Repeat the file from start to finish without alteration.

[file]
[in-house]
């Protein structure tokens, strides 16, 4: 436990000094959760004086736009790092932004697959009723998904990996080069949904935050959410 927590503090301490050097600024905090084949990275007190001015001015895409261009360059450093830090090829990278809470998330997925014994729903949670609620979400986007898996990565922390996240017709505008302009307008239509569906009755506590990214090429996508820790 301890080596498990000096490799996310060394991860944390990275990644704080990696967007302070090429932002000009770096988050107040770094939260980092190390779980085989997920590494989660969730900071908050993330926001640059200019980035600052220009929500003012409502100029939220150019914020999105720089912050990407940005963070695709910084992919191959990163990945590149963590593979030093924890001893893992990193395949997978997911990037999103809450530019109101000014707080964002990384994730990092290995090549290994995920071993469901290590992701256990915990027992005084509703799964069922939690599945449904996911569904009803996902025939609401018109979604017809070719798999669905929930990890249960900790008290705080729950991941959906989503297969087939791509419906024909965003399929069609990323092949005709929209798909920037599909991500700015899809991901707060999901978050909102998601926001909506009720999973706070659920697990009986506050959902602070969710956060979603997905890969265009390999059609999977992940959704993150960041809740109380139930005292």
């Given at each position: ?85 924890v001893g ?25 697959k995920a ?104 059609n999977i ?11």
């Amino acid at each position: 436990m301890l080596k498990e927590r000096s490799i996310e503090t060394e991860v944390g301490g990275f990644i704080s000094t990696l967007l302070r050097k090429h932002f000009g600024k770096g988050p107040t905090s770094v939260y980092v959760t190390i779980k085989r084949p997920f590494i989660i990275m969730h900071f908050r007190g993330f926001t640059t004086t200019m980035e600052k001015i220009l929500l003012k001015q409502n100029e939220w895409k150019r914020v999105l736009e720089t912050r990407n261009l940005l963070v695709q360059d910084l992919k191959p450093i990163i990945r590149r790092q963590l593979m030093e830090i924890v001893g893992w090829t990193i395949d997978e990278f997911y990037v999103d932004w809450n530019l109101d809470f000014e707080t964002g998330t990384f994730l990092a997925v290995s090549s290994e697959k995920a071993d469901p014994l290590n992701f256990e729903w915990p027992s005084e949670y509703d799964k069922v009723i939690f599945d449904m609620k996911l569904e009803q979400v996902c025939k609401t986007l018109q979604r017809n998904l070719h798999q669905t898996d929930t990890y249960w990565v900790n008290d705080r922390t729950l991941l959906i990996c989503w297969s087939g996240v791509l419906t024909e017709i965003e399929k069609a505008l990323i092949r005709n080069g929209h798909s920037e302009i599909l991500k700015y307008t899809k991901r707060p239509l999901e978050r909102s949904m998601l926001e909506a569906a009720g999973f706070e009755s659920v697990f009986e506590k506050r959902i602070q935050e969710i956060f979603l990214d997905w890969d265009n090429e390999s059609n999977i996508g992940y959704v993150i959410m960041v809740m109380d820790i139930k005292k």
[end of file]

[in-house]
């Protein structure tokens, strides 16, 4: 436990000094959760004086736009790092932004697959009723998904990996080069949904935050959410 927590503090301490050097600024905090084949990275007190001015001015895409261009360059450093830090090829990278809470998330997925014994729903949670609620979400986007898996990565922390996240017709505008302009307008239509569906009755506590990214090429996508820790 301890080596498990000096490799996310060394991860944390990275990644704080990696967007302070090429932002000009770096988050107040770094939260980092190390779980085989997920590494989660969730900071908050993330926001640059200019980035600052220009929500003012409502100029939220150019914020999105720089912050990407940005963070695709910084992919191959990163990945590149963590593979030093924890001893893992990193395949997978997911990037999103809450530019109101000014707080964002990384994730990092290995090549290994995920071993469901290590992701256990915990027992005084509703799964069922939690599945449904996911569904009803996902025939609401018109979604017809070719798999669905929930990890249960900790008290705080729950991941959906989503297969087939791509419906024909965003399929069609990323092949005709929209798909920037599909991500700015899809991901707060999901978050909102998601926001909506009720999973706070659920697990009986506050959902602070969710956060979603997905890969265009390999059609999977992940959704993150960041809740109380139930005292």
């Given at each position: ?85 924890v001893g ?25 697959k995920a ?104 059609n999977i ?11």
């Amino acid at each position: 436990m301890l080596k498990e927590r000096s490799i996310e503090t060394e991860v944390g301490g990275f990644i704080s000094t990696l967007l302070r050097k090429h932002f000009g600024k770096g988050p107040t905090s770094v939260y980092v959760t190390i779980k085989r084949p997920f590494i989660i990275m969730h900071f908050r007190g993330f926001t640059t004086t200019m980035e600052k001015i220009l929500l003012k001015q409502n100029e939220w895409k150019r914020v999105l736009e720089t912050r990407n261009l940005l963070v695709q360059d910084l992919k191959p450093i990163i990945r590149r790092q963590l593979m030093e830090i924890v001893g893992w090829t990193i395949d997978e990278f997911y990037v999103d932004w809450n530019l109101d809470f000014e707080t964002g998330t990384f994730l990092a997925v290995s090549s290994e697959k995920a071993d469901p014994l290590n992701f256990e729903w915990p027992s005084e949670y509703d799964k069922v009723i939690f599945d449904m609620k996911l569904e009803q979400v996902c025939k609401t986007l018109q979604r017809n998904l070719h798999q669905t898996d929930t990890y249960w990565v900790n008290d705080r922390t729950l991941l959906i990996c989503w297969s087939g996240v791509l419906t024909e017709i965003e399929k069609a505008l990323i092949r005709n080069g929209h798909s920037e302009i599909l991500k700015y307008t899809k991901r707060p239509l999901e978050r909102s949904m998601l926001e909506a569906a009720g999973f706070e009755s659920v697990f009986e506590k506050r959902i602070q935050e969710i956060f979603l990214d997905w890969d265009n090429e390999s059609n999977i996508g992940y959704v993150i959410m960041v809740m109380d820790i139930k005292k």